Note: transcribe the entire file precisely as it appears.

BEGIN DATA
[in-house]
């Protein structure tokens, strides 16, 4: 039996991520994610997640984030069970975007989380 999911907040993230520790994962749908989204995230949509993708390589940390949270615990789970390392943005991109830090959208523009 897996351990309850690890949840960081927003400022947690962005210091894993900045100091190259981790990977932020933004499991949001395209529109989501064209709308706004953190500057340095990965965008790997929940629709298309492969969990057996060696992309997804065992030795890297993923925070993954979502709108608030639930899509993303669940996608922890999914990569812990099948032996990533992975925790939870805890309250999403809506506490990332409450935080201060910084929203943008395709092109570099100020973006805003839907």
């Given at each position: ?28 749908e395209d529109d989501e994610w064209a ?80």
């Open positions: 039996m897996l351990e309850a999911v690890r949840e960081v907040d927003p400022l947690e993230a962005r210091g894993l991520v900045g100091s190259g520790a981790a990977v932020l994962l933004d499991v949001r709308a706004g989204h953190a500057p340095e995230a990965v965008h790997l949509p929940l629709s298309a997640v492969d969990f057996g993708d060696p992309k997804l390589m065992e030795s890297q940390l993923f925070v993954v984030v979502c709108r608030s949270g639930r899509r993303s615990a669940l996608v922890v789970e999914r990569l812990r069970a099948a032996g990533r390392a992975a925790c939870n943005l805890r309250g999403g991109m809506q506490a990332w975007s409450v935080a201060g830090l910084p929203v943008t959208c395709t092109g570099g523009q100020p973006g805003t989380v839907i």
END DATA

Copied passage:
[in-house]
């Protein structure tokens, strides 16, 4: 039996991520994610997640984030069970975007989380 999911907040993230520790994962749908989204995230949509993708390589940390949270615990789970390392943005991109830090959208523009 897996351990309850690890949840960081927003400022947690962005210091894993900045100091190259981790990977932020933004499991949001395209529109989501064209709308706004953190500057340095990965965008790997929940629709298309492969969990057996060696992309997804065992030795890297993923925070993954979502709108608030639930899509993303669940996608922890999914990569812990099948032996990533992975925790939870805890309250999403809506506490990332409450935080201060910084929203943008395709092109570099100020973006805003839907």
């Given at each position: ?28 749908e395209d529109d989501e994610w064209a ?80």
């Open positions: 039996m897996l351990e309850a999911v690890r949840e960081v907040d927003p400022l947690e993230a962005r210091g894993l991520v900045g100091s190259g520790a981790a990977v932020l994962l933004d499991v949001r709308a706004g989204h953190a500057p340095e995230a990965v965008h790997l949509p929940l629709s298309a997640v492969d969990f057996g993708d060696p992309k997804l390589m065992e030795s890297q940390l993923f925070v993954v984030v979502c709108r608030s949270g639930r899509r993303s615990a669940l996608v922890v789970e999914r990569l812990r069970a099948a032996g990533r390392a992975a925790c939870n943005l805890r309250g999403g991109m809506q506490a990332w975007s409450v935080a201060g830090l910084p929203v943008t959208c395709t092109g570099g523009q100020p973006g805003t989380v839907i």